Was it strange, then, that the natives desired to be 1586 delivered from the presence of guests by whom they feared to be supplanted? The colonists were mad with the passion for gold; and a wily savage invented, Mar respecting the River Roanoke and its banks, extravagant tales, which nothing but cupidity could have credited. The river, it was said, gushed forth from a rock, so near the Pacific Ocean, that the surge of the sea sometimes dashed into its fountain ; its banks were inhabited by a nation skilled in the art of refining the rich ore in which the country abounded. The walls of the city were described as glittering from the abun

1 Hariot, in Hakluyt, inn. 324–310.

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ILL SUCCESS OF THE ENGLISH COLONY

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CHAP. dance of pearls. Lane was so credulous, that he at

ar tempted to ascend the rapid current of the Roanoke ; 1586. and his followers, infatuated with greedy avarice, would

not return till their stores of provisions were exhausted, and they had killed and eaten the very dogs which bore them company. On this attempt to explore the interior, the English hardly advanced higher up the river than some point near the present village of Wil

liamstown. April. The Indians had hoped to destroy the English by

thus dividing them; but the prompt return of Lane prevented open hostilities. They next conceived the plan of leaving their lands unplanted; and they were willing to abandon their fields, if famine would in consequence compel the departure of their too powerful guests. The suggestion was defeated by the modera

tion of one of their aged chiefs; but the feeling of May. enmity could not be restrained. The English believed

that a wide conspiracy was preparing; that fear of a foreign enemy was now teaching the natives the necessity of union; and that a grand alliance was forming to destroy the strangers by a general massacre. Perhaps the English, whom avarice had certainly rendered credulous, were now precipitate in giving faith to the whispers of jealousy; it is certain that, in the contest of dissimulation, they proved themselves the more successful adepts. Desiring an audience of Wingina,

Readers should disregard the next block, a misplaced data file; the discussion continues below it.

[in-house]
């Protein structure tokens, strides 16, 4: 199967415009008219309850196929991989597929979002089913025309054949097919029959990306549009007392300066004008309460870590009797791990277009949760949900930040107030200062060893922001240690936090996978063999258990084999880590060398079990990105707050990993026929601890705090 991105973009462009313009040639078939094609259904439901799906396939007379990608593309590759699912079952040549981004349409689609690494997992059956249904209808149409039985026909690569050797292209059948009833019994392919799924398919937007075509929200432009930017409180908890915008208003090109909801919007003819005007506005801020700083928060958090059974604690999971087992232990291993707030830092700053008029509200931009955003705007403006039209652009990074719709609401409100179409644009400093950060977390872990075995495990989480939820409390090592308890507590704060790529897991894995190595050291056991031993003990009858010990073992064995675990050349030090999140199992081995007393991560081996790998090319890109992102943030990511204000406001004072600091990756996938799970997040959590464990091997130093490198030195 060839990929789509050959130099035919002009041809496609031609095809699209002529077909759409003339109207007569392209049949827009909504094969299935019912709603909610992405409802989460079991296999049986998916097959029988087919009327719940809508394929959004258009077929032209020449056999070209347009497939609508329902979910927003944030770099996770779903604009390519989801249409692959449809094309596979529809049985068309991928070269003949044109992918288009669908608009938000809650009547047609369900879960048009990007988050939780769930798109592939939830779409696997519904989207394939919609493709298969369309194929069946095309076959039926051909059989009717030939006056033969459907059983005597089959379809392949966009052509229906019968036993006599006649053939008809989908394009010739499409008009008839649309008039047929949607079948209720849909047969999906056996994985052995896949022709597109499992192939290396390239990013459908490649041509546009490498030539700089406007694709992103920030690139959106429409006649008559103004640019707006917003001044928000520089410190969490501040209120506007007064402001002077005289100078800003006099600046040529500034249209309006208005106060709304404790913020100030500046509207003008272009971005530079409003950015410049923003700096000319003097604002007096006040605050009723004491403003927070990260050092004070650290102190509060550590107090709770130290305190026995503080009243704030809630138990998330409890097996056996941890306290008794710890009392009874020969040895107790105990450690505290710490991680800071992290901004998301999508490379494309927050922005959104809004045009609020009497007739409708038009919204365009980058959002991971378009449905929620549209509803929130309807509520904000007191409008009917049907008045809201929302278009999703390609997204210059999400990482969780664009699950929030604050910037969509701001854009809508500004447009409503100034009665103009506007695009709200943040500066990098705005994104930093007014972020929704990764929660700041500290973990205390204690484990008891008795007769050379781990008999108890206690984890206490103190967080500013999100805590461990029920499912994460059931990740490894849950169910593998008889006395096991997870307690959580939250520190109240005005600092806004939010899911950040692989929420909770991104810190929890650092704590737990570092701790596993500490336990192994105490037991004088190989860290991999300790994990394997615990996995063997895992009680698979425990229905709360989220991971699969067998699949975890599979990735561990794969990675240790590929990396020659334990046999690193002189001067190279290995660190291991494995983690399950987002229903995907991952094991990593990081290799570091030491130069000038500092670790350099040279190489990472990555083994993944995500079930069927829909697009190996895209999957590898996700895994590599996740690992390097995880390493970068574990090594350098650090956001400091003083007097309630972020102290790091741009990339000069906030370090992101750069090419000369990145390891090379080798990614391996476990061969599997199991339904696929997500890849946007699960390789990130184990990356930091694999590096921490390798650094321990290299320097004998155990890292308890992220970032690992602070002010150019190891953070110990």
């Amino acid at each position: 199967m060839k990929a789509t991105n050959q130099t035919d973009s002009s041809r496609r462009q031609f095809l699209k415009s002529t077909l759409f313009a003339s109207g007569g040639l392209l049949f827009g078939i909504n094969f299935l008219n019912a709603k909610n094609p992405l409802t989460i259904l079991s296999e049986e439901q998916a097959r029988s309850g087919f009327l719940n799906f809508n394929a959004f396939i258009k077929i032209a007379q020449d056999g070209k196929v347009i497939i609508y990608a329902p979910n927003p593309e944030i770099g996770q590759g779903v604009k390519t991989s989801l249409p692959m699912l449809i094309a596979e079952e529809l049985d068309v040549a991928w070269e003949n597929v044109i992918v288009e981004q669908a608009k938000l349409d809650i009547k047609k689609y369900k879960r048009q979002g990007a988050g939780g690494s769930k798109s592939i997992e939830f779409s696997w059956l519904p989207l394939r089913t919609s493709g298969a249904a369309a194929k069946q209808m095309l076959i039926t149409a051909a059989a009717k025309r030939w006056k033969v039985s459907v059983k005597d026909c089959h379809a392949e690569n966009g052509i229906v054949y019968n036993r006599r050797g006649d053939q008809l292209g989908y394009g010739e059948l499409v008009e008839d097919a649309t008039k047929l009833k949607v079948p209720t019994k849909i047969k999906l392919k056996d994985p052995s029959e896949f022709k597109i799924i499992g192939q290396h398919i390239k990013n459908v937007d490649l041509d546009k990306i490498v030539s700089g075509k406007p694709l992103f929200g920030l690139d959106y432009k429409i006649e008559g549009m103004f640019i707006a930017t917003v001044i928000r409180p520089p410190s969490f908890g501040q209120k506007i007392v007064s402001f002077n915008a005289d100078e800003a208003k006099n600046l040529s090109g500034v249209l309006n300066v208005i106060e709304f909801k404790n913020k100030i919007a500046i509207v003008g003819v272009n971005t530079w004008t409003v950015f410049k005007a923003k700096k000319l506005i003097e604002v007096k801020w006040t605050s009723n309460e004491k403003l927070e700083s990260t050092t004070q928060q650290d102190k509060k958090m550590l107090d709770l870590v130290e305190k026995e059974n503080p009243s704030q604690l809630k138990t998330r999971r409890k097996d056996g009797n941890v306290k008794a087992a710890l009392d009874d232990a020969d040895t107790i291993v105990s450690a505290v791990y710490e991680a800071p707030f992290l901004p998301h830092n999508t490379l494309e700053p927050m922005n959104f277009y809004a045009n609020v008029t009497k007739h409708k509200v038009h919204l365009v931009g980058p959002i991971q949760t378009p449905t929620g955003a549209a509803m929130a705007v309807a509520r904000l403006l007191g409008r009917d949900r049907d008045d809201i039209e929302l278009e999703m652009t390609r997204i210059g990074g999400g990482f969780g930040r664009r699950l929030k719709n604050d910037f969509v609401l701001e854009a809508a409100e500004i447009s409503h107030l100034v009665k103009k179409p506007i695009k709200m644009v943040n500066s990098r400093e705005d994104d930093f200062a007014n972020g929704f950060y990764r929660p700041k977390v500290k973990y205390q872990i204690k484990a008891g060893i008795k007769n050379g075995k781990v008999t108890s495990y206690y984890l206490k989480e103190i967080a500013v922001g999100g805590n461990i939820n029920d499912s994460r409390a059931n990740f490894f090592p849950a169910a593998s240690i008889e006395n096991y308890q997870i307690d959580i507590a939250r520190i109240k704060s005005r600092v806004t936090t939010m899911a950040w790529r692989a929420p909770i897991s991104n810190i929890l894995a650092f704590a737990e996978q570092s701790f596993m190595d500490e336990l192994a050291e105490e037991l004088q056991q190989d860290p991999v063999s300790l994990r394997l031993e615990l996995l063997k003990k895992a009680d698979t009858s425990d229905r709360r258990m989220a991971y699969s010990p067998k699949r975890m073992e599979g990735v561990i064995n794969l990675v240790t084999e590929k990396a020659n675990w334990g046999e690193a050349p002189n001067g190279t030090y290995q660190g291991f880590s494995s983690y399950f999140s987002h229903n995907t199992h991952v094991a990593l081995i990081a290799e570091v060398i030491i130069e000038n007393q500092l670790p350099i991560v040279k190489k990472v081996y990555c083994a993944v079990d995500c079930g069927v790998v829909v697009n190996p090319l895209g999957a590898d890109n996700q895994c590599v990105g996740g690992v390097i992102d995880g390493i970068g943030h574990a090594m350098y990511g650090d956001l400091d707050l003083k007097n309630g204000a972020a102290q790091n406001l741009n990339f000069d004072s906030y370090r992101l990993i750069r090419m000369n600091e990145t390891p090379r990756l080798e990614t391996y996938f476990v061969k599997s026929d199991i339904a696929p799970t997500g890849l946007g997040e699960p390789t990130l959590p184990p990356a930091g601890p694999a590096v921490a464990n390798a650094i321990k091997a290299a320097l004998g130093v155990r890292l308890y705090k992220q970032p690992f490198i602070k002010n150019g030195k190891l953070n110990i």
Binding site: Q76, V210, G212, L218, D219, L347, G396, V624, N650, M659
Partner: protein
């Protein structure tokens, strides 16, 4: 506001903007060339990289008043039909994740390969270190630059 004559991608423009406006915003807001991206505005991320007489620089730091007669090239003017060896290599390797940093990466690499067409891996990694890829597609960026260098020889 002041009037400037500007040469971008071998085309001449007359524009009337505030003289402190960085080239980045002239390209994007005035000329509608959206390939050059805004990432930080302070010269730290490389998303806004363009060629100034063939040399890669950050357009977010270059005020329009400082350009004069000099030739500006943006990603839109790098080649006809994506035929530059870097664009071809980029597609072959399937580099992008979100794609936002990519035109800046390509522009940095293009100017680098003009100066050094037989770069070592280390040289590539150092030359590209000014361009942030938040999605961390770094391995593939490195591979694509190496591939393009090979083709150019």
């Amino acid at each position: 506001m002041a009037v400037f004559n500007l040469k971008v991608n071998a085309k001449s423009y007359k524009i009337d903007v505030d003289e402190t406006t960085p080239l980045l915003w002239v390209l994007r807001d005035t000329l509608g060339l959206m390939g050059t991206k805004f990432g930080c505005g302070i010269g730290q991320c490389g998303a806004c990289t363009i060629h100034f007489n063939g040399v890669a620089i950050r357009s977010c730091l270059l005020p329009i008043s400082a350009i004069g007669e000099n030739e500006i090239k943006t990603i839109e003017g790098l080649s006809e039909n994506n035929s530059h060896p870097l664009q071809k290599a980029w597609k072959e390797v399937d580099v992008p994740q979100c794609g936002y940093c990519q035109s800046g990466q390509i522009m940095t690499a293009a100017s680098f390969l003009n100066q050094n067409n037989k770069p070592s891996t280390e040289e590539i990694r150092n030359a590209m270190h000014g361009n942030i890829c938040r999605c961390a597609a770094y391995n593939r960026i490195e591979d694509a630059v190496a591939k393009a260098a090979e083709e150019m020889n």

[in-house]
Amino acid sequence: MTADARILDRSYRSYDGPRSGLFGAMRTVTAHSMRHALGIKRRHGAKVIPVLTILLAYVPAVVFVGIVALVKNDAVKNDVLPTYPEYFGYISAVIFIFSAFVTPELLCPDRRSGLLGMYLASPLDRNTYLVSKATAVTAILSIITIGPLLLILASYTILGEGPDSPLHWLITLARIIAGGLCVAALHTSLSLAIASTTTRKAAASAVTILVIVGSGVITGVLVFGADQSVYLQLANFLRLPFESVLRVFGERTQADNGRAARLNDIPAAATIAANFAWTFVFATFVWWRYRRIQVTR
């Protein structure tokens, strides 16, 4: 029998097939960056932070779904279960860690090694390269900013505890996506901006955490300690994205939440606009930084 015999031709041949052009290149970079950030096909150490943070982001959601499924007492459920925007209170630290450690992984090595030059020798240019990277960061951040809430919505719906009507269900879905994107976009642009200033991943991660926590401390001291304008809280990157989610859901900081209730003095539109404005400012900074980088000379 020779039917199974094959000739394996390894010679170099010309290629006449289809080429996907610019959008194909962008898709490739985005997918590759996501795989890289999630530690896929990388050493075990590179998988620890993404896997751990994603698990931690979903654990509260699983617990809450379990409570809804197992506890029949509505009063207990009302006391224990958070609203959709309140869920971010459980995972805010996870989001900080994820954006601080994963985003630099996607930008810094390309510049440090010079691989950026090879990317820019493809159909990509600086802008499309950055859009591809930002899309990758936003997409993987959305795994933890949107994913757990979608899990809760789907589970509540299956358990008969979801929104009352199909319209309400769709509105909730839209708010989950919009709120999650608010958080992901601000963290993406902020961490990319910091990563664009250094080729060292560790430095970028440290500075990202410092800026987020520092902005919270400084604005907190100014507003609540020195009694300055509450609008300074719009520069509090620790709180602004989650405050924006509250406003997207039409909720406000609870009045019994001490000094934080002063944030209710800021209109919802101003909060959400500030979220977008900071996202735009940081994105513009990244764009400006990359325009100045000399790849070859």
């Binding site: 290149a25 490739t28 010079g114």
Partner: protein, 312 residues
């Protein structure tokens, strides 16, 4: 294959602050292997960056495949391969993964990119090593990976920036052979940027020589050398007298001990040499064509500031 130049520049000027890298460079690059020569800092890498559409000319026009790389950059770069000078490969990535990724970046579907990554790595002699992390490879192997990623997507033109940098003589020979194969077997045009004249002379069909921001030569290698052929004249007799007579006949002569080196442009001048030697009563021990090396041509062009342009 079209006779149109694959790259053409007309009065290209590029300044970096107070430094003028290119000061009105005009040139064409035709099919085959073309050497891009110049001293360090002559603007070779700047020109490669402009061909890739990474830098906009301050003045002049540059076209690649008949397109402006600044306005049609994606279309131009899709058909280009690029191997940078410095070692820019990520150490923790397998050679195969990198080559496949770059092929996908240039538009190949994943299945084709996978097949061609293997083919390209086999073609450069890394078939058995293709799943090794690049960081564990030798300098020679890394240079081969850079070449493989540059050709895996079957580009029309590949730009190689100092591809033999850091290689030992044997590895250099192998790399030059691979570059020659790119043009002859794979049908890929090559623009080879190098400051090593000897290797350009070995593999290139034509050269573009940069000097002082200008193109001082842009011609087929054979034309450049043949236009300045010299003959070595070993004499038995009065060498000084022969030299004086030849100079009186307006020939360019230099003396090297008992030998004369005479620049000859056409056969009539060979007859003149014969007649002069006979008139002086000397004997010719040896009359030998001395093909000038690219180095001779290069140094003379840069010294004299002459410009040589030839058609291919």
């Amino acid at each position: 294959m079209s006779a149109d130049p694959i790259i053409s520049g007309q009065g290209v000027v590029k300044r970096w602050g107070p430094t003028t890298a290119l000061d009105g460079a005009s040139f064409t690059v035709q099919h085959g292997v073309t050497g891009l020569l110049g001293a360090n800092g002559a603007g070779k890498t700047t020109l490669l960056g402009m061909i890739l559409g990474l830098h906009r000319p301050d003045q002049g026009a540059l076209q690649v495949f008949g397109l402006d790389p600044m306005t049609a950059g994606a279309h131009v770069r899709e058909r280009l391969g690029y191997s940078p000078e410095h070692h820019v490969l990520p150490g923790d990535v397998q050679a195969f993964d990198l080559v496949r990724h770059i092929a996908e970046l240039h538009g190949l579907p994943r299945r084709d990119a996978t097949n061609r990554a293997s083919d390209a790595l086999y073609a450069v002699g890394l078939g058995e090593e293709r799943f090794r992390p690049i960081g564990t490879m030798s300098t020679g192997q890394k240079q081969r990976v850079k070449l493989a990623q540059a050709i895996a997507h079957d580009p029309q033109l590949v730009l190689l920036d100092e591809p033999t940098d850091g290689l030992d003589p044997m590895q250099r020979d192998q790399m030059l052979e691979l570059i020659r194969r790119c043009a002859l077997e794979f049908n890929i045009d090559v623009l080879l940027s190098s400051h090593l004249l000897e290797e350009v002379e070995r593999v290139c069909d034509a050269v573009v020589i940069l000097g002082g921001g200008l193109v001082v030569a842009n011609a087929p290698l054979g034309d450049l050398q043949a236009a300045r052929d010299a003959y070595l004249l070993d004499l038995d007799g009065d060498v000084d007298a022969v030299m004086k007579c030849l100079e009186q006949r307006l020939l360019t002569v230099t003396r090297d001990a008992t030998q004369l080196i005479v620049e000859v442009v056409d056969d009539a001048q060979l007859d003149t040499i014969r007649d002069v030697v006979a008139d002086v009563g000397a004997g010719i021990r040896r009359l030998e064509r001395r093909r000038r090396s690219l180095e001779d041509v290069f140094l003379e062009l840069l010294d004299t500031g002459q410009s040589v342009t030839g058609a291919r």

the most active among the native chiefs, Lane and his June attendants were quickly admitted to his presence. No

as no

SUCC

hostile intentions were displayed by the Indians; their reception of the English was proof of their confidence. Immediately a preconcerted watchword was given; and the Christians, falling upon the unhappy king and his principal followers, put them without mercy to death.

ence

VISIT OF DRAKE.

101

III.

It was evident that Lane did not possess the quali- CHAP. ties suited to his station. He had not the sagacity na which could rightly interpret the stories or the designs 1586 of the natives; and the courage, like the eye, of a soldier, differs from that of a traveller. His discoveries were inconsiderable: to the south they had extended only to Secotan, in the present county of Craven, between the Pamlico and the Neuse ; to the north they reached no farther than the small River Elizabeth, which joins the Chesapeake Bay below Norfolk ; in the interior, the Chowan had been examined beyond the junction of the Meherrin and the Nottaway; and we have seen, that the hope of gold attracted Lane to make a short excursion up the Roanoke. Yet some general results of importance were obtained. The climate was found to be salubrious; during the year not more than four men had died, and of these, three brought the seeds of their disease from Europe. The hope of finding better harbors at the north was confirmed; and the Bay of Chesapeake was already regarded as the fit theatre for early colonization. But in the Island of Roanoke, the men began to despond ; they looked in vain towards the ocean for supplies from England; they were sighing for the luxuries of the cities in their native land; when of a sudden it was rumored, that

Jure the sea was white with the sails of three-and-twenty 8. ships ; and within three days, Sir Francis Drake had anchored his fleet at sea outside of Roanoke Inlet, in “the wild road of their bad harbor.”

He had come, on his way from the West Indies to England, to visit the domain of his friend. With the celerity of genius, he discovered the measures which the exigency of the case required, and supplied the

1 Hariot, in Hakluyt, iii. 340. True Declaration of Virginia, 32.